17 December 2009

Stella Bella 2009 Sauvignon Blanc

Apparently, there is something important happening in Copenhagen this week.

As far as I can make out, the unwashed and the bearded have gathered there for a friendly chat with the riot police and to sample the local tear-gas. The most successful have been detained overnight in a beer warehouse. Frankly, there are worse places to be incarcerated.

Apparently, it also has something to do with polar bears, missing Maldives, and Al Gore pushing hyperbole well above sea level.

Whatever. I happen to like it when it gets hot. Summer brings with it the happy crack of willow on leather, bikini’d bodies, and a non-negotiable obligation to splash down refreshing beverages.

And so it was that I found myself sitting in the sun on the Byron beachfront with a couple of plastic cups, a chilled bottle of the 2009 Stella Bella, and a box of the best seafood this side of J Sheekey. If you haven't taken away from Fishmongers in the laneway behind Strop's old pub, you really are just letting the best in life pass you by.

But I digress. Back to the booze.

Is there a label on the market that more effectively gives you a flavour of what is about to emerge from within? A stream of happy juice being hand-pressed from a floral fruitopia. It is perfect. And perfectly inviting.

Now, I'm not going to wank on about the wine, because it’s really not that sort of drop. It is just a very friendly, easy-drinking, tasty, and satisfying bottle of plonk that punches above its RRP. You should always have a bottle of it in your fridge for emergencies.

It smells great. A heady hit of freshly split passionfruit on vanilla bean icecream.

And it’s delicious from the first sip. No bite. No sting in the tail. It's as smooth as a freshly waxed lemon (the good kind!) and fills your mouth with a voluptuous coating of limey yumminess.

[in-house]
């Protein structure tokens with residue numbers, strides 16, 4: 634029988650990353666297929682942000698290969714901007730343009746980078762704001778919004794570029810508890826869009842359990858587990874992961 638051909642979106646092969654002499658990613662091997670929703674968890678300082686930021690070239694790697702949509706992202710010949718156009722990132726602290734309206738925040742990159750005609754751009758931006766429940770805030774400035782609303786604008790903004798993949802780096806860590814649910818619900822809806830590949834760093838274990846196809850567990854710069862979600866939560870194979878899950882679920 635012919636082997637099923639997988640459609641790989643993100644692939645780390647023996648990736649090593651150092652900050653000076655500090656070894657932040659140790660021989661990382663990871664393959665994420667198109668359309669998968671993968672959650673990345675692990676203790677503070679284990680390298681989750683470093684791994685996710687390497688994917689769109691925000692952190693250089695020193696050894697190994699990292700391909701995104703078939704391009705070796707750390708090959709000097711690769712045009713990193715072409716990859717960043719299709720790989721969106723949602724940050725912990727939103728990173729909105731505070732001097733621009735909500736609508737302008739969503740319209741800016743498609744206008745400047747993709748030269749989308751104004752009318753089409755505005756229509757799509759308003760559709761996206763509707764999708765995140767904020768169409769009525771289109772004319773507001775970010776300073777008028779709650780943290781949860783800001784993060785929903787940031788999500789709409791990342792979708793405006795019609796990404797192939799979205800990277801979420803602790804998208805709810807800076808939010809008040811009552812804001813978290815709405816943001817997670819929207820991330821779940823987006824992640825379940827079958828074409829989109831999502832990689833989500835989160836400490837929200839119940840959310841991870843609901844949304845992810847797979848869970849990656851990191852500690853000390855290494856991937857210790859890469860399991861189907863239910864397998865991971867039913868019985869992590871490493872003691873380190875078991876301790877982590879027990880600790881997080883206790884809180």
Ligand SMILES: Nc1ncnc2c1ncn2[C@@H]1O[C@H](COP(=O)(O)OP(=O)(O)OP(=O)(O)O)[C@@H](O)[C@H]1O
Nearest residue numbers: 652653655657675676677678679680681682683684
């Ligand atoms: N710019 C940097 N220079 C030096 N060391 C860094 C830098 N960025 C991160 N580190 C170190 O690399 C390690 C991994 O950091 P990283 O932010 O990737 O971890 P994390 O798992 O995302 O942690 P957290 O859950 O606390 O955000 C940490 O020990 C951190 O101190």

There’s enough acid to take on your seafood and a lovely clean finish that is longer than the legs on the Swedish backpackers prancing in the surf.

And best of all, it is cool when you are hot.

Climate change arguments are mostly lost on me because they've turned it into fashion. It's the new Live Aid and “Give Peace a Chance”.

Maybe it's getting hotter. Maybe it's not. Either way, I am going to place the blame squarely on the introduction of decimal currency and pour myself another of these stellar Stellas.

Ciao. Bella.

Rating: 8
Drink with: Seafood and summer

Price: $24 RRP (but under $20 virtually everywhere)


  1. Tim, if there is more CO2 and the earth is getting warmer, will the vines grow quicker and produce more fruit?

    What will that do to yield, and intensity of flavour? Is climate change going to turn our Aussie wines into European lookalikes?

    Am I right or wong?

  2. I think you may be "wong". In fact, you may actually be Penny Wong. In which case, you would be left, rather than right.

    It's a pretty general question, Penny - and, as I'm not a discredited IPCC scientist, you might not believe me. But I'll have a chop in any event.

    As I understand it, if it does get generally warmer, the biggest impact on Aussie sauv blancs would be a shorter ripening season (rather than increased yield). If that's not handled properly, there's risk of over-ripeness, increased alcohol, and loss of flavour. But nothing that winemakers couldn't deal with I should think. And, anyway, there are a lot of other non-climatic factors that also affect the final bottled result - and which make our wines different to their northern cousins.

    Oz Clarke has some interesting theories on all of this though if you want to read more.

    Thanks for stopping by Penny.